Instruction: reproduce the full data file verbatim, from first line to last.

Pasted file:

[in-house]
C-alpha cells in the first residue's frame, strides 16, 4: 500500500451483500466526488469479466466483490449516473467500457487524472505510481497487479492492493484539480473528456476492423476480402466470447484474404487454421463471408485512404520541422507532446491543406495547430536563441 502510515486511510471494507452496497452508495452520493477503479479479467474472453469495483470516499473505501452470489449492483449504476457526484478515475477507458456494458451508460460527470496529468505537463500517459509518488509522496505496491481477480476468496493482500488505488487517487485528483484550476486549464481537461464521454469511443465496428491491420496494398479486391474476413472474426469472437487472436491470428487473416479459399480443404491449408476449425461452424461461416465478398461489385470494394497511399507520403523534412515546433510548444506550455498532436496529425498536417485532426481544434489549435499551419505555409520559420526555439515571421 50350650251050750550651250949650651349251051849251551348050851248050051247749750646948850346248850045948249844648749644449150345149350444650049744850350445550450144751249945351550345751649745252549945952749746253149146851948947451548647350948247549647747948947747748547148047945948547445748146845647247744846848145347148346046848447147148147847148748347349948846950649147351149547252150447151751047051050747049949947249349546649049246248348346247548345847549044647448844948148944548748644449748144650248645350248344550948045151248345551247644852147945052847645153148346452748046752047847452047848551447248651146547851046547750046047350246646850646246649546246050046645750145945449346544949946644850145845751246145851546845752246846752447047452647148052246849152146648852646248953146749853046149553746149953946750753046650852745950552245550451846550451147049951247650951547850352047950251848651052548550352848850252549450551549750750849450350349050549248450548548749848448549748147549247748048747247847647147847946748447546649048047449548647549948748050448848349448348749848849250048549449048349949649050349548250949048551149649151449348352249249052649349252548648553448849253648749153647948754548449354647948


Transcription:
[in-house]
C-alpha cells in the first residue's frame, strides 16, 4: 500500500451483500466526488469479466466483490449516473467500457487524472505510481497487479492492493484539480473528456476492423476480402466470447484474404487454421463471408485512404520541422507532446491543406495547430536563441 502510515486511510471494507452496497452508495452520493477503479479479467474472453469495483470516499473505501452470489449492483449504476457526484478515475477507458456494458451508460460527470496529468505537463500517459509518488509522496505496491481477480476468496493482500488505488487517487485528483484550476486549464481537461464521454469511443465496428491491420496494398479486391474476413472474426469472437487472436491470428487473416479459399480443404491449408476449425461452424461461416465478398461489385470494394497511399507520403523534412515546433510548444506550455498532436496529425498536417485532426481544434489549435499551419505555409520559420526555439515571421 50350650251050750550651250949650651349251051849251551348050851248050051247749750646948850346248850045948249844648749644449150345149350444650049744850350445550450144751249945351550345751649745252549945952749746253149146851948947451548647350948247549647747948947747748547148047945948547445748146845647247744846848145347148346046848447147148147847148748347349948846950649147351149547252150447151751047051050747049949947249349546649049246248348346247548345847549044647448844948148944548748644449748144650248645350248344550948045151248345551247644852147945052847645153148346452748046752047847452047848551447248651146547851046547750046047350246646850646246649546246050046645750145945449346544949946644850145845751246145851546845752246846752447047452647148052246849152146648852646248953146749853046149553746149953946750753046650852745950552245550451846550451147049951247650951547850352047950251848651052548550352848850252549450551549750750849450350349050549248450548548749848448549748147549247748048747247847647147847946748447546649048047449548647549948748050448848349448348749848849250048549449048349949649050349548250949048551149649151449348352249249052649349252548648553448849253648749153647948754548449354647948